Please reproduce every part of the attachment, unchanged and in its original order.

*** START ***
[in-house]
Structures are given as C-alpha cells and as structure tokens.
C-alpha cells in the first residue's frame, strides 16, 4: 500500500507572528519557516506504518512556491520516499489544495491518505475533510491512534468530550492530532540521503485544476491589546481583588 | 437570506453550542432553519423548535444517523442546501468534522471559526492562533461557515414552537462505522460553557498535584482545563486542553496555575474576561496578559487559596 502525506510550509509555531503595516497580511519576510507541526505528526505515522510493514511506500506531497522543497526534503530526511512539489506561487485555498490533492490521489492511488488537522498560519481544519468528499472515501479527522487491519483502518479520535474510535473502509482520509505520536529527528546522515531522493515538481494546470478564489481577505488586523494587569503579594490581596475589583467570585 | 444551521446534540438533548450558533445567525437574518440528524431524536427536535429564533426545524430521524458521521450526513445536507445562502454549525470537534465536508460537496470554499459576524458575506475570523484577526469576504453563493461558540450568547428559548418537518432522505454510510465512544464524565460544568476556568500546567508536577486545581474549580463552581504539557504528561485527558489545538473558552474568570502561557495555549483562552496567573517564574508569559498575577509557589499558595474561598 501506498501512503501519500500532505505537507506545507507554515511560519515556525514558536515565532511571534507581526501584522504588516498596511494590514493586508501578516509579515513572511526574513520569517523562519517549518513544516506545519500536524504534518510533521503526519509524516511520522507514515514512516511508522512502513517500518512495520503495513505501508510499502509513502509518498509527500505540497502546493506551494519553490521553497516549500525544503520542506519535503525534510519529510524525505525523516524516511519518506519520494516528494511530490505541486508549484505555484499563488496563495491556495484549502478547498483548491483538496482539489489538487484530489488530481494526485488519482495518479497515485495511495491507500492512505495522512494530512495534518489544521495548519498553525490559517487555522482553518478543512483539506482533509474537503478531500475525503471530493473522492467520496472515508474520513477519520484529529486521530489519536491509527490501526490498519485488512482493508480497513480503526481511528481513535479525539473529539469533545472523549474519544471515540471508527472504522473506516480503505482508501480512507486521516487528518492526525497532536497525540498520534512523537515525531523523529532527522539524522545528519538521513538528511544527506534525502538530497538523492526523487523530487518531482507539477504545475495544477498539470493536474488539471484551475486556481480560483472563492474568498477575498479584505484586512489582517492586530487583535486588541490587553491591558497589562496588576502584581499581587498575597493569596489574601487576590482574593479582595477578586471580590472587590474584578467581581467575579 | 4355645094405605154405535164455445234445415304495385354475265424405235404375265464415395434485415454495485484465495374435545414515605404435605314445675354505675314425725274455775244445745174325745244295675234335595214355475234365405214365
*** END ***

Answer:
[in-house]
Structures are given as C-alpha cells and as structure tokens.
C-alpha cells in the first residue's frame, strides 16, 4: 500500500507572528519557516506504518512556491520516499489544495491518505475533510491512534468530550492530532540521503485544476491589546481583588 | 437570506453550542432553519423548535444517523442546501468534522471559526492562533461557515414552537462505522460553557498535584482545563486542553496555575474576561496578559487559596 502525506510550509509555531503595516497580511519576510507541526505528526505515522510493514511506500506531497522543497526534503530526511512539489506561487485555498490533492490521489492511488488537522498560519481544519468528499472515501479527522487491519483502518479520535474510535473502509482520509505520536529527528546522515531522493515538481494546470478564489481577505488586523494587569503579594490581596475589583467570585 | 444551521446534540438533548450558533445567525437574518440528524431524536427536535429564533426545524430521524458521521450526513445536507445562502454549525470537534465536508460537496470554499459576524458575506475570523484577526469576504453563493461558540450568547428559548418537518432522505454510510465512544464524565460544568476556568500546567508536577486545581474549580463552581504539557504528561485527558489545538473558552474568570502561557495555549483562552496567573517564574508569559498575577509557589499558595474561598 501506498501512503501519500500532505505537507506545507507554515511560519515556525514558536515565532511571534507581526501584522504588516498596511494590514493586508501578516509579515513572511526574513520569517523562519517549518513544516506545519500536524504534518510533521503526519509524516511520522507514515514512516511508522512502513517500518512495520503495513505501508510499502509513502509518498509527500505540497502546493506551494519553490521553497516549500525544503520542506519535503525534510519529510524525505525523516524516511519518506519520494516528494511530490505541486508549484505555484499563488496563495491556495484549502478547498483548491483538496482539489489538487484530489488530481494526485488519482495518479497515485495511495491507500492512505495522512494530512495534518489544521495548519498553525490559517487555522482553518478543512483539506482533509474537503478531500475525503471530493473522492467520496472515508474520513477519520484529529486521530489519536491509527490501526490498519485488512482493508480497513480503526481511528481513535479525539473529539469533545472523549474519544471515540471508527472504522473506516480503505482508501480512507486521516487528518492526525497532536497525540498520534512523537515525531523523529532527522539524522545528519538521513538528511544527506534525502538530497538523492526523487523530487518531482507539477504545475495544477498539470493536474488539471484551475486556481480560483472563492474568498477575498479584505484586512489582517492586530487583535486588541490587553491591558497589562496588576502584581499581587498575597493569596489574601487576590482574593479582595477578586471580590472587590474584578467581581467575579 | 4355645094405605154405535164455445234445415304495385354475265424405235404375265464415395434485415454495485484465495374435545414515605404435605314445675354505675314425725274455775244445745174325745244295675234335595214355475234365405214365